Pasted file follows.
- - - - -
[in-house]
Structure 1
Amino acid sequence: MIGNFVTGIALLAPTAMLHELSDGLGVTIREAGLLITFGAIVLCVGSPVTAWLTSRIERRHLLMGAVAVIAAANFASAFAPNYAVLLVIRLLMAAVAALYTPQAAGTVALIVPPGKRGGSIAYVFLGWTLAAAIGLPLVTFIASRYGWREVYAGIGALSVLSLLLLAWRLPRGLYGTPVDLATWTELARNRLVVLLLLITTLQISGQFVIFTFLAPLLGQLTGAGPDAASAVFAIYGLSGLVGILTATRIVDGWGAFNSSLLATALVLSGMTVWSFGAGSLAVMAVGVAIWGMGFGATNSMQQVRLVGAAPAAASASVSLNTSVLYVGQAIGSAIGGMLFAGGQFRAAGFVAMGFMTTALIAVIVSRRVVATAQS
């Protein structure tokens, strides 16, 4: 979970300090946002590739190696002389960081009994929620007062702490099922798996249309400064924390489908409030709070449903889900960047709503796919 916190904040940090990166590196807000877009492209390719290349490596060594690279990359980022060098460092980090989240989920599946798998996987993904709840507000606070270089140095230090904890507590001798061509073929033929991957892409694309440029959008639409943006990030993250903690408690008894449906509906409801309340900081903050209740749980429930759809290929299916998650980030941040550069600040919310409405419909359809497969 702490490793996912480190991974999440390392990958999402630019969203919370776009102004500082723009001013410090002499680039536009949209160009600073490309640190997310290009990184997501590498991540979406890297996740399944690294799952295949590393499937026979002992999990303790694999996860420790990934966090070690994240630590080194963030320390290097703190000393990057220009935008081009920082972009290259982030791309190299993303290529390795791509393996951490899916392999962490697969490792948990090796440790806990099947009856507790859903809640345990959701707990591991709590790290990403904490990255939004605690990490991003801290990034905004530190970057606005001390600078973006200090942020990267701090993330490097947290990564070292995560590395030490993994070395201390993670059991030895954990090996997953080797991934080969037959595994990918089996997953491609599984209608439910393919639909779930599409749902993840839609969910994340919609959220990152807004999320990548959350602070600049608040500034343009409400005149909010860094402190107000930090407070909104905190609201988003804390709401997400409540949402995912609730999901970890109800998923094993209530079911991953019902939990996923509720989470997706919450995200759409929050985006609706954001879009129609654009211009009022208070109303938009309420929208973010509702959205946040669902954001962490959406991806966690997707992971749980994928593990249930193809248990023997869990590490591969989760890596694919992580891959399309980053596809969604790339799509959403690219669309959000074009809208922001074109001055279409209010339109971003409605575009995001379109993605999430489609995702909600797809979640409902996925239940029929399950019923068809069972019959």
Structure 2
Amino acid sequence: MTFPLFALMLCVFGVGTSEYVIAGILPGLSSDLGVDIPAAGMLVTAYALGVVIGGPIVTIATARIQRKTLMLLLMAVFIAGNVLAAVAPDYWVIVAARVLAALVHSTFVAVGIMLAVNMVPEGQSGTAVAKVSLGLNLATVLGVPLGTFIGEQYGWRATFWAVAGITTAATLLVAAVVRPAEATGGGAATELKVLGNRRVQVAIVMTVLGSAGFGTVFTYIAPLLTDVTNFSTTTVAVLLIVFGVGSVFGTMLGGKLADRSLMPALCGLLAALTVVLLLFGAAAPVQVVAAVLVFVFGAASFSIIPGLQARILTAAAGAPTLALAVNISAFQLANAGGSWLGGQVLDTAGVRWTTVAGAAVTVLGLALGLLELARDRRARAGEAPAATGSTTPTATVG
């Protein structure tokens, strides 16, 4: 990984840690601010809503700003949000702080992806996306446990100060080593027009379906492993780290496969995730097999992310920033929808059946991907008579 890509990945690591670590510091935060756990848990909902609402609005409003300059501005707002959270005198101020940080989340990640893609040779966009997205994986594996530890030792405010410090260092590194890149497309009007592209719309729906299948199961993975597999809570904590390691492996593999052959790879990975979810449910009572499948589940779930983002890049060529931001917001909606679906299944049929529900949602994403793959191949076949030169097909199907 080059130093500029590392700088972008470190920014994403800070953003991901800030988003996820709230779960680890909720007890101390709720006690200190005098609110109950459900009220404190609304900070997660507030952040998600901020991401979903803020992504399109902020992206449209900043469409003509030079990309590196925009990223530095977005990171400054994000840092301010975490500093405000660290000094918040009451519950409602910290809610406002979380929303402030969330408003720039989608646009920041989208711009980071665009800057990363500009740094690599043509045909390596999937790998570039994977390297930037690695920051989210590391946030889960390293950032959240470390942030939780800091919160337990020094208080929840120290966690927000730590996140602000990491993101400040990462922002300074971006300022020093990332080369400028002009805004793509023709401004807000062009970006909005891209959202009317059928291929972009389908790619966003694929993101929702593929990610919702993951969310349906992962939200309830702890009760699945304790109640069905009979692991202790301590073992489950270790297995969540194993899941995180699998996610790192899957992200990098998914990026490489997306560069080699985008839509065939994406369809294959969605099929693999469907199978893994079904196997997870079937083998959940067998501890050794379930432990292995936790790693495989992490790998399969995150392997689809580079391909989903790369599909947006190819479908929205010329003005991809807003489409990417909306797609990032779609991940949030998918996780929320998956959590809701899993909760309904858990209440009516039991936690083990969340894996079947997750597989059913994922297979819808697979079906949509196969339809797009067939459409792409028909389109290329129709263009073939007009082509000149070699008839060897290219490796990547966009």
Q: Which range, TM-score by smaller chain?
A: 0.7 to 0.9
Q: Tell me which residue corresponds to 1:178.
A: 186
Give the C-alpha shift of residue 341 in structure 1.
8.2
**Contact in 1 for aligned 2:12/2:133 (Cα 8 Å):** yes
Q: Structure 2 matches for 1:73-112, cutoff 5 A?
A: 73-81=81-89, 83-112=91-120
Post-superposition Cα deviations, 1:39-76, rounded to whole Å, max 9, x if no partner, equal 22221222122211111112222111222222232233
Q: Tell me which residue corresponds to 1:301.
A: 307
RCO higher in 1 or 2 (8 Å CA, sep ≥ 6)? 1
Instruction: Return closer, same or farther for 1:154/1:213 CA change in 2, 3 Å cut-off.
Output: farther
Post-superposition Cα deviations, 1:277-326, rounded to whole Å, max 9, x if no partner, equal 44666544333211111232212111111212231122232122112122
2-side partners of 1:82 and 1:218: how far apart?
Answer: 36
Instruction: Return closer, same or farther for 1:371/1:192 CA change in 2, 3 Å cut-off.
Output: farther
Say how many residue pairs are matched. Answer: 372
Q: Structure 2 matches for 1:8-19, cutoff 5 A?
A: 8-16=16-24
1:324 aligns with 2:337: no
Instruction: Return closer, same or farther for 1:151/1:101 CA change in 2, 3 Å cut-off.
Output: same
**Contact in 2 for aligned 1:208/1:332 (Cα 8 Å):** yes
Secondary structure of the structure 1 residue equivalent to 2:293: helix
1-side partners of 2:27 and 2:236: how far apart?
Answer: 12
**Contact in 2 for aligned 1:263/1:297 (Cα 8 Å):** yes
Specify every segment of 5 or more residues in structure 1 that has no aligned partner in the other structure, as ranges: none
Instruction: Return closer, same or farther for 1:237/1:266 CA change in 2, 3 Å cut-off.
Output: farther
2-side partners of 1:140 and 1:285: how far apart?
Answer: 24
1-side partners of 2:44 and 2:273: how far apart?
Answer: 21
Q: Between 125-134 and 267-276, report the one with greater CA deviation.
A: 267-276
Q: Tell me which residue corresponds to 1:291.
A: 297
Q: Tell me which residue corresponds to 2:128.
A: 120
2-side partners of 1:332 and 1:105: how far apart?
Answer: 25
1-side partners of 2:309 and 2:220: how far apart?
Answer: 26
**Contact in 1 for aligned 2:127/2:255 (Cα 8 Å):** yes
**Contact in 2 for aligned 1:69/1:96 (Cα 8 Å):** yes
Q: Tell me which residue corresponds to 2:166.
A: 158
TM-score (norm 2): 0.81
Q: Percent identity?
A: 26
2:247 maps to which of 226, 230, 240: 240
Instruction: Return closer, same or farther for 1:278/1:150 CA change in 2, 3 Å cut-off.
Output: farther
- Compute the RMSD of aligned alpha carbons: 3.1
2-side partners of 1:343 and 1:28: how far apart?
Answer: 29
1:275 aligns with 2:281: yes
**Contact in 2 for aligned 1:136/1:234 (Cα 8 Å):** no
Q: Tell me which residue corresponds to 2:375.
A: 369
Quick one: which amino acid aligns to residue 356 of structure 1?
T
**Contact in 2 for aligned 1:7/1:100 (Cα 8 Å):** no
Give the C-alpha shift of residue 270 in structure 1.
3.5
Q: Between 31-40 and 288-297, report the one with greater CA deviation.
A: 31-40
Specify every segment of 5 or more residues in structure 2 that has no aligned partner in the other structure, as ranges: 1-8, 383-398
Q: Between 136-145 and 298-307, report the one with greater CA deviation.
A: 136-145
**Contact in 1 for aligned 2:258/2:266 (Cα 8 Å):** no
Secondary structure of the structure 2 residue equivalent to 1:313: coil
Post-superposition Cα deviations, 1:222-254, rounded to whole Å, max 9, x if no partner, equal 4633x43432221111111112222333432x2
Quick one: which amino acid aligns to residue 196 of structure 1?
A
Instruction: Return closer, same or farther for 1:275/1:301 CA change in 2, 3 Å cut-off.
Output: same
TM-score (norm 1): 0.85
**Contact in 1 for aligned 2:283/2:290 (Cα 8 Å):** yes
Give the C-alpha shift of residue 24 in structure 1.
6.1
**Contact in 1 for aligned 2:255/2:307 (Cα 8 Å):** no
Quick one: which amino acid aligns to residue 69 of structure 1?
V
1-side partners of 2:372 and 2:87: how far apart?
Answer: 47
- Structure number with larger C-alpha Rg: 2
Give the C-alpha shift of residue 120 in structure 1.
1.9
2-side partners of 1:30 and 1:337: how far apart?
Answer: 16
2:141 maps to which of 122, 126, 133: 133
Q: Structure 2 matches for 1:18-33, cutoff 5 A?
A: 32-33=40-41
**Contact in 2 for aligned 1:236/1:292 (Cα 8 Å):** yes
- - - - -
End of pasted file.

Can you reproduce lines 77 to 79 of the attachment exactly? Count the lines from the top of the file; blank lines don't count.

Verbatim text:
3.5
Q: Between 31-40 and 288-297, report the one with greater CA deviation.
A: 31-40